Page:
Tag Archives: Northern Mockingbird

Osprey Chick Boot Camp. And Other Life Lessons.

The Osprey chick is in boot camp. Mama Sandy is trying to get her ‘wingersizing’. It’s time to strengthen her wings by exercising them.  And to improve her self-confidence after the tragedy that killed her sibling two weeks ago. So now Mama Sandy is often retreating to her perch to give the little one room to move around in the nest and spread her wings. Why do I say her? It is because I snapped this picture the other night at sunset time when Dylan walked me through the marsh.

osprey chick at sunrise ud125Her ‘necklace’ is very much like Sandy’s. So it’s a girl. Again. In the last few years Sandy and Stanley have produced mostly girls: one girl in 2014, two girls and one boy in 2015 and one girl in 2016.

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Now this girl needs to learn to fly. But she is not yet exercising enough. At least in Sandy’s opinion. So yesterday when I sat on “my” bench watching the nest, I saw Sandy teaching her. By role modeling flight from start to end. She walked the talk, so to speak. She took off from the perch and just flew around for a minute. And landing back on the perch she demonstrated her well-practiced “come-from-below” approach.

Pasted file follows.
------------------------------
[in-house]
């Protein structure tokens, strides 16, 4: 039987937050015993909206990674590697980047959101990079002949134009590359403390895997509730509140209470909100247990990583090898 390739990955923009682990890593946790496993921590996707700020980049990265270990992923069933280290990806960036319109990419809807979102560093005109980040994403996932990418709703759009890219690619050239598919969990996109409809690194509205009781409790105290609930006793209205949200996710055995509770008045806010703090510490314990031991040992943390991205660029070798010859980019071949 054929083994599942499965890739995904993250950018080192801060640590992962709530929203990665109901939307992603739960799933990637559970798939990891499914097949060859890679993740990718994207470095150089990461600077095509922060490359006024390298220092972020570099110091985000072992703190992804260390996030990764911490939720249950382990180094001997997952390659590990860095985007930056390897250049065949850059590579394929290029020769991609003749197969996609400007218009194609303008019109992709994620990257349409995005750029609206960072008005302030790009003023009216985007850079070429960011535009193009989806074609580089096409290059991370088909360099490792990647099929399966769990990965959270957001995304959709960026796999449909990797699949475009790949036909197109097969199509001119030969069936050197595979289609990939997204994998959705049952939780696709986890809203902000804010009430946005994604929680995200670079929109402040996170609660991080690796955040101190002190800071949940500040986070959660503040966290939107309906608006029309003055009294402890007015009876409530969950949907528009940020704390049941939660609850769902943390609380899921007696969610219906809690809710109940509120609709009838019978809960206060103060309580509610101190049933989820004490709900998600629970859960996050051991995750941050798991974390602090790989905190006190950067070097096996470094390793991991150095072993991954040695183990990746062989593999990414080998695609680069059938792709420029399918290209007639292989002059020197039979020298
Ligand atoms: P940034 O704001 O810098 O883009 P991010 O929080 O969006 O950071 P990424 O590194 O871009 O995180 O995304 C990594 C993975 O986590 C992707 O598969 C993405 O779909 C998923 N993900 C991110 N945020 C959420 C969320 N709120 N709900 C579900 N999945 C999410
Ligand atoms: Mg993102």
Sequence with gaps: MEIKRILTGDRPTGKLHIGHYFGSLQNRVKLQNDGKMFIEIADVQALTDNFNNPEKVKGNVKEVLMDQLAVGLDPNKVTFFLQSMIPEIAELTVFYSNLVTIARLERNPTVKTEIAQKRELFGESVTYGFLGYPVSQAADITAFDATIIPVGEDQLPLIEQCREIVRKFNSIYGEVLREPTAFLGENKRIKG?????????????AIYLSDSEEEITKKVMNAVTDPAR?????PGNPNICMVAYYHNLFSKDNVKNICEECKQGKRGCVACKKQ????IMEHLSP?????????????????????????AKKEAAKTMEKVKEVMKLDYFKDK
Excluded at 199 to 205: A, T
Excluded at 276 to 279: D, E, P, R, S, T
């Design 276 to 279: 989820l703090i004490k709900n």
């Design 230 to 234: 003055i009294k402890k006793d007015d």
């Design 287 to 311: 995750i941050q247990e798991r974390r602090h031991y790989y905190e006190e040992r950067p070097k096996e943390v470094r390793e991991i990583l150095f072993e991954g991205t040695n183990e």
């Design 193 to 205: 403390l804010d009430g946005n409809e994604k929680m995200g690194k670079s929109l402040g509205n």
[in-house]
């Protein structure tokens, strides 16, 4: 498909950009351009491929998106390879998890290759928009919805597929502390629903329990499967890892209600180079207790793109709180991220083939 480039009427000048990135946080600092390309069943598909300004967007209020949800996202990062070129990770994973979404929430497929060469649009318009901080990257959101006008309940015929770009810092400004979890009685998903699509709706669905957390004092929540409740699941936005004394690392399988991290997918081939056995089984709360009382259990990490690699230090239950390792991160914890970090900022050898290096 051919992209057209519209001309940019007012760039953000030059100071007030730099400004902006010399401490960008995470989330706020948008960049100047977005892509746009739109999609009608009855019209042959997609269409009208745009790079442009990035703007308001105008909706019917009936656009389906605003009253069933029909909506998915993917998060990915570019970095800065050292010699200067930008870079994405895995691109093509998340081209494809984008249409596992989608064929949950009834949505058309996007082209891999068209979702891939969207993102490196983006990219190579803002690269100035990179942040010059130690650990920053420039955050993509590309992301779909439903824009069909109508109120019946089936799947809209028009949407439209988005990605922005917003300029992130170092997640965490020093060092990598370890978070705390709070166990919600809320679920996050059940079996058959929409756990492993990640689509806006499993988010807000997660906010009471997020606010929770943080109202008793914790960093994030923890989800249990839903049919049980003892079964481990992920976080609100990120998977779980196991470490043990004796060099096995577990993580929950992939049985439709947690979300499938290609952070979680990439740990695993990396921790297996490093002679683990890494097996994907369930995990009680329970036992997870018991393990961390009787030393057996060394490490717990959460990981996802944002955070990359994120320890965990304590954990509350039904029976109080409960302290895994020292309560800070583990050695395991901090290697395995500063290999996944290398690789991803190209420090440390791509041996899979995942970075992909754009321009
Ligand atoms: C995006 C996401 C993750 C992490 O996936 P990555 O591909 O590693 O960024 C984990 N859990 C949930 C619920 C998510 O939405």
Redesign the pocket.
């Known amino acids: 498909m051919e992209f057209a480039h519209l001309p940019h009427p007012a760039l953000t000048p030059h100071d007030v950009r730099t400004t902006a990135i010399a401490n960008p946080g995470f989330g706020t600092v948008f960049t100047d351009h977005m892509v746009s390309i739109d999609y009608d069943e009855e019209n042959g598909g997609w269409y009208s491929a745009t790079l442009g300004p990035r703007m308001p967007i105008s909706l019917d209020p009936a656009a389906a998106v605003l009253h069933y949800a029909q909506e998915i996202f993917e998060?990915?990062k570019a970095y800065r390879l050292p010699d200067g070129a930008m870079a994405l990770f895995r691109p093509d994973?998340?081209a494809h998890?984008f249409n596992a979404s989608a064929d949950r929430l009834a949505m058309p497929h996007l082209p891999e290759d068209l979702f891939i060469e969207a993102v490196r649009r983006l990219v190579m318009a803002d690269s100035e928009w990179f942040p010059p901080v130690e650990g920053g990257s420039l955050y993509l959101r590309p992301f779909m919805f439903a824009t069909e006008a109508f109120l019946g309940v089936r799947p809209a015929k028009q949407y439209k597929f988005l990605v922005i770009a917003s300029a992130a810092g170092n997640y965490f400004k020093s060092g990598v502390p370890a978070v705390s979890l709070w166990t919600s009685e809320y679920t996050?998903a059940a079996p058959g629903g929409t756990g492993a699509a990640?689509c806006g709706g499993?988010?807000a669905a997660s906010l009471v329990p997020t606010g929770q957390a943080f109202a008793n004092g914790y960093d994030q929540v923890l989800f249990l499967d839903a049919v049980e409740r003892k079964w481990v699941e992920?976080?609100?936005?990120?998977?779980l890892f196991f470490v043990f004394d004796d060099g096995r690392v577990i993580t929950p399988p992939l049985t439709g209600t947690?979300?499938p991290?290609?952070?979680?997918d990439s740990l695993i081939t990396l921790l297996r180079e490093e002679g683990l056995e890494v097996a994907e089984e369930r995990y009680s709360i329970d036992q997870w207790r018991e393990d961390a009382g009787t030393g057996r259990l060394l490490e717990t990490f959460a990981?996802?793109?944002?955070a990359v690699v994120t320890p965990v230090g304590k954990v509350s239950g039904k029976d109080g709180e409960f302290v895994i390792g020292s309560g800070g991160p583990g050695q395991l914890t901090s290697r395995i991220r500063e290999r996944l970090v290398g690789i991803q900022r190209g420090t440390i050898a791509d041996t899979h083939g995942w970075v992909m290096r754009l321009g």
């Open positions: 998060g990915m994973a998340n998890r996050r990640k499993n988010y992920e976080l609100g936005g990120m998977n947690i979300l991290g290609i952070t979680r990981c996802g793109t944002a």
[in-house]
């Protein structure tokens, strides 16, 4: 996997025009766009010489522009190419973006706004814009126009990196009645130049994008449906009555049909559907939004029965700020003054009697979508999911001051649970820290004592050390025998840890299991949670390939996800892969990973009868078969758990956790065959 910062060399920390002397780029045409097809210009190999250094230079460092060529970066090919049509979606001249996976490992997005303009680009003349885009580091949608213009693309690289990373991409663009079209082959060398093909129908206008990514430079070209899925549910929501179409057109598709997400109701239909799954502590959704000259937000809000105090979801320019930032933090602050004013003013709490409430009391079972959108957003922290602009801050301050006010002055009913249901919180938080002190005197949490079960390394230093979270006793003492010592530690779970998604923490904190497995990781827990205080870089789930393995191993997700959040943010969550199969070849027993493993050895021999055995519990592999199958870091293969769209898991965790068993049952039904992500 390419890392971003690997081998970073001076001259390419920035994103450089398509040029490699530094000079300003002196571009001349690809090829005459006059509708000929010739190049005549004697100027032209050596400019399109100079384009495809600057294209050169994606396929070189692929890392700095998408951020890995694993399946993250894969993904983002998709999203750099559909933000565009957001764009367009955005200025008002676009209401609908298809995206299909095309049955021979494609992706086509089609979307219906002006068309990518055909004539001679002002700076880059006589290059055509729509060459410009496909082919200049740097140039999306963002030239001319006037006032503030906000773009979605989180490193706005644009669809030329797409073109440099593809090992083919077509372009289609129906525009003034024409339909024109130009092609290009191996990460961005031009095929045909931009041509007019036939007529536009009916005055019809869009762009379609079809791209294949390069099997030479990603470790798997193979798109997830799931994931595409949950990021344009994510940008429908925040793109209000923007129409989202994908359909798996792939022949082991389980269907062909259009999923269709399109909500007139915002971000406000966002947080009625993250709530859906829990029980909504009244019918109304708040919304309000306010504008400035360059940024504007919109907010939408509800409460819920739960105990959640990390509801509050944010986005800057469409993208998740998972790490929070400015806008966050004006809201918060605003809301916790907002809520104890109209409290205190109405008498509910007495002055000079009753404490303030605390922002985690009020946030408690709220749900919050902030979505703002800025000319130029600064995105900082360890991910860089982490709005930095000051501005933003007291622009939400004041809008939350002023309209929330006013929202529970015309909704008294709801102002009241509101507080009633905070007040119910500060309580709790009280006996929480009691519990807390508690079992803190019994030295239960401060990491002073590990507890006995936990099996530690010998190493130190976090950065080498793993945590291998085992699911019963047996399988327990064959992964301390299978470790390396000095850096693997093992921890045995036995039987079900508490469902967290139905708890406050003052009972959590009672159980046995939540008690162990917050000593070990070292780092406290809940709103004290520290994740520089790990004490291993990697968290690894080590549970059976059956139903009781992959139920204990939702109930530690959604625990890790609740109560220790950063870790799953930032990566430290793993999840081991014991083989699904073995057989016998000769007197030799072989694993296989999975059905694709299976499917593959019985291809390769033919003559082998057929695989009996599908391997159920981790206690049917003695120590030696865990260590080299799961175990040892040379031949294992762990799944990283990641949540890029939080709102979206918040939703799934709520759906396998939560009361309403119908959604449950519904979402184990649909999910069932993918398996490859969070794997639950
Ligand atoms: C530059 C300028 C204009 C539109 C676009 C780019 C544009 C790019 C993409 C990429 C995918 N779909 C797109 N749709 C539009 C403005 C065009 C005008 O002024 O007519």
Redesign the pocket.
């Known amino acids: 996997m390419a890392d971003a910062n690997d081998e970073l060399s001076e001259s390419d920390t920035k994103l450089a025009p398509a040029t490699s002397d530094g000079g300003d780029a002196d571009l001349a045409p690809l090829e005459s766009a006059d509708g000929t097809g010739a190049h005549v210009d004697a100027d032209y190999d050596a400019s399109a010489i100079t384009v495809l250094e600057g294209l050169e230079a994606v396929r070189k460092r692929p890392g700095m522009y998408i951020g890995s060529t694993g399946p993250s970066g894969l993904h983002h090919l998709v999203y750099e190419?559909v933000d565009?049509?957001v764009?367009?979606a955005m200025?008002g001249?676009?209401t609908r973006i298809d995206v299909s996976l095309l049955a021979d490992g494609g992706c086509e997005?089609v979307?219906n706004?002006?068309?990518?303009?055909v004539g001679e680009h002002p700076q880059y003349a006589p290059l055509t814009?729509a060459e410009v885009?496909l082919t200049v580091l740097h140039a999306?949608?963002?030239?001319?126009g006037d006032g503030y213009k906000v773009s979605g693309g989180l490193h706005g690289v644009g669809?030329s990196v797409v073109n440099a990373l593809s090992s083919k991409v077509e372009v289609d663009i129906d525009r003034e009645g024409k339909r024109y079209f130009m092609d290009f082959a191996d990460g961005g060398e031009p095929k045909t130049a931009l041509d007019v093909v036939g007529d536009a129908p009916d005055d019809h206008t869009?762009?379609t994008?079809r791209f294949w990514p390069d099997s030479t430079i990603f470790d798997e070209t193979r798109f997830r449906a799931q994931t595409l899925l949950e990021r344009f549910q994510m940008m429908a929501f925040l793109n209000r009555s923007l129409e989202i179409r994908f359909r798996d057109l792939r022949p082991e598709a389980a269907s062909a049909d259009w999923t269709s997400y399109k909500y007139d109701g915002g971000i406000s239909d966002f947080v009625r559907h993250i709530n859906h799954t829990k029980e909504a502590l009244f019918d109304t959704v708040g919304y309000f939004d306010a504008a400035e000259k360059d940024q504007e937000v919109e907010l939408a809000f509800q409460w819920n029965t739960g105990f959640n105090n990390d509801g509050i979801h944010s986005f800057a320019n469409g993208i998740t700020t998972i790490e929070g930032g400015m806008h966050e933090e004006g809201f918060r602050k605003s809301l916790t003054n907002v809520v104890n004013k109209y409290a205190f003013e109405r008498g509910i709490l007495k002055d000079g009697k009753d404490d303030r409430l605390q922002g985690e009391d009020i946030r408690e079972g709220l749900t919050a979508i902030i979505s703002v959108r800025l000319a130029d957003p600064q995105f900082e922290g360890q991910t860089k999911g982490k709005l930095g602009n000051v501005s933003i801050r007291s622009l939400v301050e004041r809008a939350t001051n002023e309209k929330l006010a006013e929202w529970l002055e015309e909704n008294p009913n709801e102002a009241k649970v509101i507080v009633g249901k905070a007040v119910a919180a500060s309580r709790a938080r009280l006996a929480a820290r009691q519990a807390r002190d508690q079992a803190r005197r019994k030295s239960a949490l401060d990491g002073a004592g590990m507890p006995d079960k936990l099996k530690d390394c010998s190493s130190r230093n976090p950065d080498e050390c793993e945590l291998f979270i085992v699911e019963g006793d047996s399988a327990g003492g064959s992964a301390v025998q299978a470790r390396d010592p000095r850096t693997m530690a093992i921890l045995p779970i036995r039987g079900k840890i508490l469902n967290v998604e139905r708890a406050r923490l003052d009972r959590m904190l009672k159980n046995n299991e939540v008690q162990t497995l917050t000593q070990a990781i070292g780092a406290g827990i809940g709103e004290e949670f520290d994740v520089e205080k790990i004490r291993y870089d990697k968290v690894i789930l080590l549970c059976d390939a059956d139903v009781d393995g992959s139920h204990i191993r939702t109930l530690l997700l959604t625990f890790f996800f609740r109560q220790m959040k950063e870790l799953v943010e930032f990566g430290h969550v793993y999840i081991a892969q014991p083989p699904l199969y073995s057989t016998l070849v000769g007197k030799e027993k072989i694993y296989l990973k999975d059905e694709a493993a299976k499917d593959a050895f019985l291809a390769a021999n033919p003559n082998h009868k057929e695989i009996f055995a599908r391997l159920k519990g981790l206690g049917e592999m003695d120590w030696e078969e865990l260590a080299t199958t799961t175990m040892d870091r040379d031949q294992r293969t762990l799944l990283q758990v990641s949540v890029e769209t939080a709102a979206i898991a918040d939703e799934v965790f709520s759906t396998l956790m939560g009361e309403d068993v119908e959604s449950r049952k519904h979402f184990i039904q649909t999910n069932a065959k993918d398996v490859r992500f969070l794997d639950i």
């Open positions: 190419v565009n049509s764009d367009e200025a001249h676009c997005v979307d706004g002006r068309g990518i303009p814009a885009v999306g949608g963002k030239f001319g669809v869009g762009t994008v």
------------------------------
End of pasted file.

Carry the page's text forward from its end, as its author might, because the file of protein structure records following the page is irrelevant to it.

mama osprey flies around the nest ud125

Mama osprey returns ud125She did this repeatedly. She did not go anywhere, just flew around the nest so the chick could see her. And the chick watched intently. Even flexed her wings a few times.

osprey chick watches mama flying ud125

osprey chick streches her wings ud125

Mama osprey lands on the perch ud125I was impressed by Sandy’s home schooling skills. Then my camera battery warning light began blinking. I started to change the battery. And…like so often previously, that’s when Stanley appeared. My camera’s bottom wide open, I watched him zoom in, leave the fish to Sandy and leave. Sandy divided it into two pieces and they started to eat.

mama osprey and chick are eating ud125_edited-1The chick was hungry and wanted more. Or maybe her piece was smaller.

mama osprey and the chick ud125_edited-1In any case, after Sandy had eaten enough, she started to feed the chick.

osprey female feeds the chick ud125_edited-1Perhaps Sandy made a point right there. If you’re a baby and don’t want to learn to fly, I’m going to feed you like a baby. Or maybe that’s just my speculation. In any case, the chick’s recovery seems to be going quite well. The intensive flight preparation classes should get her airborne shortly.

After spending quite a bit of time with the Osprey family, I only had time to walk quickly around the marsh. I spotted my friend, the beautiful Tri-colored Heron.

tri-colored Heron 2 UD125And a hybrid Mottled Duck, whose friend put up quite a show for me. Or maybe I should say gave me a free preening lesson. If you have the time to actually be at the salt marsh, and need a smile, please watch the short video below.

duck ud125

A White Ibis family was foraging close by, and among them was this beautiful juvenile. She was only partly white. I am guessing she was born last year.